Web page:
The responses of the men to this assignment of gender roles are unsurprisingly the same in both Veruthe Oru Bharya and The Great Indian Kitchen. The husband in The Great Indian Kitchen is offended when his wife conveys her sexual needs. He expects her to serve and put everything together while he enjoys his morning yoga and leisure. The same goes for the father in law, who speaks to her about the nostalgic taste of food prepared by hand, with minimal use of mixer grinders and gas stoves.
What places both films poles apart is that while the former is rooted in patriarchy’s benevolent gaze of women and the magnanimity of men in occasionally ‘helping’ out, the later is furious about the escalating vulgarities of the family structure, where women have no agency to negotiate power or retain any kind of control over the demand for their labour to suit the requirements of everyone else.
Female assertion on screen: Then and now
The change in narrative in The Great Indian Kitchen from the extremely problematic Veruthe Oru Bharya is positively reinforcing. The film was initially rejected by most streaming giants, and was launched by Nee Stream, an OTT platform that is now famous for green signaling this film.
It became an undeniable cinematic presence through word of mouth and was then acquired by Amazon Prime. The fact that a film which criticises the positioning of women in the domestic space gained so much traction amidst a pandemic is quite telling of the slow shift in conscience among viewers, not only with respect to cinematic expression but also gender politics.
The Great Indian Kitchen also draws strong analogies between women, religion, caste and class. It tries to comment on the marginalisation of female labour and identities within these power structures which are produced and overseen by the male conscience.
The labour performed by a woman in the kitchen does not beget her any economic incentive and is thus rendered invisible in the economy. Earlier this year, the Left Democratic Front (LDF) in Kerala promised pension for housewives in their election manifesto.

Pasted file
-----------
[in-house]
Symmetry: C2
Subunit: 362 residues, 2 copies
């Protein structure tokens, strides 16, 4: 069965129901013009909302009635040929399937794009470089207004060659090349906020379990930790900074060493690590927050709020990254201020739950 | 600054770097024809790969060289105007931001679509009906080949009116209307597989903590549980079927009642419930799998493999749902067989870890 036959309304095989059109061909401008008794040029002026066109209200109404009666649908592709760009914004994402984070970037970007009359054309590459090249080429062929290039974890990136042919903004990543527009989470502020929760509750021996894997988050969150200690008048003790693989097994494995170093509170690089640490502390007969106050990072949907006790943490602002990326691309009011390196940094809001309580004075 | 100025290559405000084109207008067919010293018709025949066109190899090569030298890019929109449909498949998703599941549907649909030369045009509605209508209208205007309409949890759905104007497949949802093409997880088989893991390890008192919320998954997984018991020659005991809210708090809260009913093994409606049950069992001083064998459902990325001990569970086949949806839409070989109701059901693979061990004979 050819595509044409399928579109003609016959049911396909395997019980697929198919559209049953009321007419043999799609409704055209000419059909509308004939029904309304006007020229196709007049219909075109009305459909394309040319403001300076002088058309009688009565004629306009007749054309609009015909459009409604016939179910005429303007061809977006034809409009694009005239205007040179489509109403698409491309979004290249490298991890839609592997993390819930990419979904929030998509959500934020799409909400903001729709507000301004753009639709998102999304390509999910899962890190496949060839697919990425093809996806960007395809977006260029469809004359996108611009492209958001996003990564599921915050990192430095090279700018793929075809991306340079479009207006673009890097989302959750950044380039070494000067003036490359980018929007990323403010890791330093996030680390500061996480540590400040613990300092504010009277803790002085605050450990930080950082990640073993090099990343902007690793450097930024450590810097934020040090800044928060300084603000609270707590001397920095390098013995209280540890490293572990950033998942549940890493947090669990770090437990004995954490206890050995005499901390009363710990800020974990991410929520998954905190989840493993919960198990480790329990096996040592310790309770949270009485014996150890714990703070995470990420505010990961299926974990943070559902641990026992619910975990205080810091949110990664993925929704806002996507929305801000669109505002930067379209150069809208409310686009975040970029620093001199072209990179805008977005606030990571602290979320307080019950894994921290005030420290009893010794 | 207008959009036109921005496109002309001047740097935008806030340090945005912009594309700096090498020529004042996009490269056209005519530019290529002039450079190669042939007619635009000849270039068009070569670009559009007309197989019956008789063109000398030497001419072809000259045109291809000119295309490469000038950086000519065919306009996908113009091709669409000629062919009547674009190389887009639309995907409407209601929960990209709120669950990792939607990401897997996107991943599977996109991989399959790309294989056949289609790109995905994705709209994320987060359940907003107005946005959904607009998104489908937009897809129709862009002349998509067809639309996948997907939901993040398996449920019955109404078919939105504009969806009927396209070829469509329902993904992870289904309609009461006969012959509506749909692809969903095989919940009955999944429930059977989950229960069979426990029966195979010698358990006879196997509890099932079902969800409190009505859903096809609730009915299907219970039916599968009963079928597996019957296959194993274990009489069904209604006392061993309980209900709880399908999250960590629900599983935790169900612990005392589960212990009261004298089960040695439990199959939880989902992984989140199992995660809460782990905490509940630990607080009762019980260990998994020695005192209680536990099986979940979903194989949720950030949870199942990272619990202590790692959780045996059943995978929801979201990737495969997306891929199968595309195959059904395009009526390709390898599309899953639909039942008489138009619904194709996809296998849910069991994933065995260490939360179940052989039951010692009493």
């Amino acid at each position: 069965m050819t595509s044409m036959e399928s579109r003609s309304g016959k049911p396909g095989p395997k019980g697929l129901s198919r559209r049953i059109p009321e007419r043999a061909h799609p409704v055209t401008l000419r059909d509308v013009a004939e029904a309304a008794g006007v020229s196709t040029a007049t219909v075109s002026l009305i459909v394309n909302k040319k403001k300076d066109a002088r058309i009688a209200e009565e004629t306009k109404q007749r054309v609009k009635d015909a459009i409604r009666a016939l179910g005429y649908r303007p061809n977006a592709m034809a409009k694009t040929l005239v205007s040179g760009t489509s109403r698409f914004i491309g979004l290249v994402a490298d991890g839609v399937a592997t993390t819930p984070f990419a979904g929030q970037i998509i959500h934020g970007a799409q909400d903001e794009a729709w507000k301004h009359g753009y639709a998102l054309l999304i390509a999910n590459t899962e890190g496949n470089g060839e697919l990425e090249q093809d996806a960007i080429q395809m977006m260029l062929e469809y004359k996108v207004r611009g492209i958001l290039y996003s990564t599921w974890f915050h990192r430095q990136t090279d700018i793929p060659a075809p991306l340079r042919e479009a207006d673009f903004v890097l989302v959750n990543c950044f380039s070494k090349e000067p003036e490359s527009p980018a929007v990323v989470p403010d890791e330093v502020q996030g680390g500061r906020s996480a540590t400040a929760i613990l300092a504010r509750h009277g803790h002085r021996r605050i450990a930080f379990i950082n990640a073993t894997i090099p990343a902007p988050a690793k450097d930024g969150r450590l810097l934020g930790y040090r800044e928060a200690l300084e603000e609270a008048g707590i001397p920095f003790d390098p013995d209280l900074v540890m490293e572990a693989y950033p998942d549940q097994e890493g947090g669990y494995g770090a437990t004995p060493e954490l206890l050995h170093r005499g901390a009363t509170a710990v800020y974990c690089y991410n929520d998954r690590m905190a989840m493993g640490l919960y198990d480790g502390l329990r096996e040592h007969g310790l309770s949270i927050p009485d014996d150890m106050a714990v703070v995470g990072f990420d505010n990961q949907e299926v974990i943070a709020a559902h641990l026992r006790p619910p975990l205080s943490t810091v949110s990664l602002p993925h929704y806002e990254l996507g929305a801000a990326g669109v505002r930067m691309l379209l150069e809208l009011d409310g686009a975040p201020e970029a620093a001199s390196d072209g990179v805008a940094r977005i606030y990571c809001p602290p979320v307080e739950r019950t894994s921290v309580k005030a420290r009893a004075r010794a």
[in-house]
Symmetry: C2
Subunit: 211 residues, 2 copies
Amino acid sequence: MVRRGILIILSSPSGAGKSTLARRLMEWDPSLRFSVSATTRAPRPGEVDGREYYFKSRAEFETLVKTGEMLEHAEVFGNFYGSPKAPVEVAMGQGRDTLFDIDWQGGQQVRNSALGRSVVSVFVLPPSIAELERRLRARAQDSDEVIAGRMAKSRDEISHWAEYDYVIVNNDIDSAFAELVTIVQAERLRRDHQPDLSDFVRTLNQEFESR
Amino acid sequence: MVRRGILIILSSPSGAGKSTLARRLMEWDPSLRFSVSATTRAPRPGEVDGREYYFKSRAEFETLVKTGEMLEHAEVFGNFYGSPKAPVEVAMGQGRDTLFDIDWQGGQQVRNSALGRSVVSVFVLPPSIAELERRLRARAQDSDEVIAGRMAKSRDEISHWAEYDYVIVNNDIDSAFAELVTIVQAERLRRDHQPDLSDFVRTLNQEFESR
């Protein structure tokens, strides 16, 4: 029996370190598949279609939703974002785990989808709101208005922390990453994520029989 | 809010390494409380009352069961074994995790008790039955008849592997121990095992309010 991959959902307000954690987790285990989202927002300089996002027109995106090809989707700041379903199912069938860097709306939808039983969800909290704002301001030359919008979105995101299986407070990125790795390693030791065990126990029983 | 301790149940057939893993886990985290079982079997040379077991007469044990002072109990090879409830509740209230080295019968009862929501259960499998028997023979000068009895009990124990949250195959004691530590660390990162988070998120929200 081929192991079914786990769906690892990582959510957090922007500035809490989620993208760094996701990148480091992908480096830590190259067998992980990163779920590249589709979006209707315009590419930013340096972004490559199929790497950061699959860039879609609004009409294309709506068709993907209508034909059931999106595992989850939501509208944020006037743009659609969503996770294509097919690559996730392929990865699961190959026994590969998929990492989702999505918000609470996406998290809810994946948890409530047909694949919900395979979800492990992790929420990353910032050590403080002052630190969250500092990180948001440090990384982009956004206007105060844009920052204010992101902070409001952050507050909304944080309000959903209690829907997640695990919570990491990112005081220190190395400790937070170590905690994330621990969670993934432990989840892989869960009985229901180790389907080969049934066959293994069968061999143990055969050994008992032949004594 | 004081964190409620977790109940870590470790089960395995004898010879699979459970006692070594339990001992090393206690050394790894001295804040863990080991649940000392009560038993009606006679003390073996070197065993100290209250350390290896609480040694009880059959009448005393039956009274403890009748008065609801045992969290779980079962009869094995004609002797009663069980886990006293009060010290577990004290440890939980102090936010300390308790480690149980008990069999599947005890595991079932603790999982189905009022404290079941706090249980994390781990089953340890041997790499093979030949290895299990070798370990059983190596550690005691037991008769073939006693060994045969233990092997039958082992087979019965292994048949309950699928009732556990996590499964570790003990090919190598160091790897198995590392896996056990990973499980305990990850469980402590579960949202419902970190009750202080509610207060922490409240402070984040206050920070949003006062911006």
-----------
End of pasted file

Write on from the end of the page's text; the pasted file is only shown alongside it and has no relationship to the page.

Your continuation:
The incentivisation of women’s labour within the household by the State is undoubtedly a step forward in accounting for it. But in the long run, incentivising women’s domestic labour is also perhaps assigning women the sole custodianship of the household and reinforcing their primary identity as one tied to their domestic responsibilities in a family.
The resolution of women’s oppression within the domestic space does not stem from the monetisation of their labour. It is of course at this stage, better than slogging without any incentive. But while we try to provide women that kind of social security, we must also understand that the solution to this is the dismantling of gender roles within the domestic space.
Perhaps the best outcome of The Great Indian Kitchen is the mainstreaming of discussions on the construction of female personhood within families. It sure aggravated quite a large population of viewers, but it also mobilised the narratives of many women who responded that their lived experiences were recognised in the film.
In the past decade, we have not seen a woman on screen who is driven so insane by cooking, cleaning and being taken for granted at home that she decides to walk out of the structure that enables it. Most women including Bindu have been deeply affected by it, but we did not sanction our heroines to break out of sacrosanct spaces like marriage and family. We managed to rein them in by slightly stretching their boundaries and occasionally threatening them with the social tribulations of ‘not falling in line‘.
The significance of The Great Indian Kitchen lies in its radical sense of empathy, and the resounding message that marriage, family, religion or any institution cannot thrive on the exhaustion and erasure of female agency and dignity – a non-negotiable tenet of social, personal and political collaboration that a supposedly ‘female oriented’ film like Veruthe Oru Bharya completely missed.
Veteran actor Suhasini, the jury Chairperson of the Awards said that the decision to choose the film was unanimous. It is now official that the Best Film released in the State in the last year is a film that hails a woman who is not ready to submit in return for the occasional crumbs of validation that patriarchy baits her with.
Many congratulations to the team on their big Kerala State Film Awards win.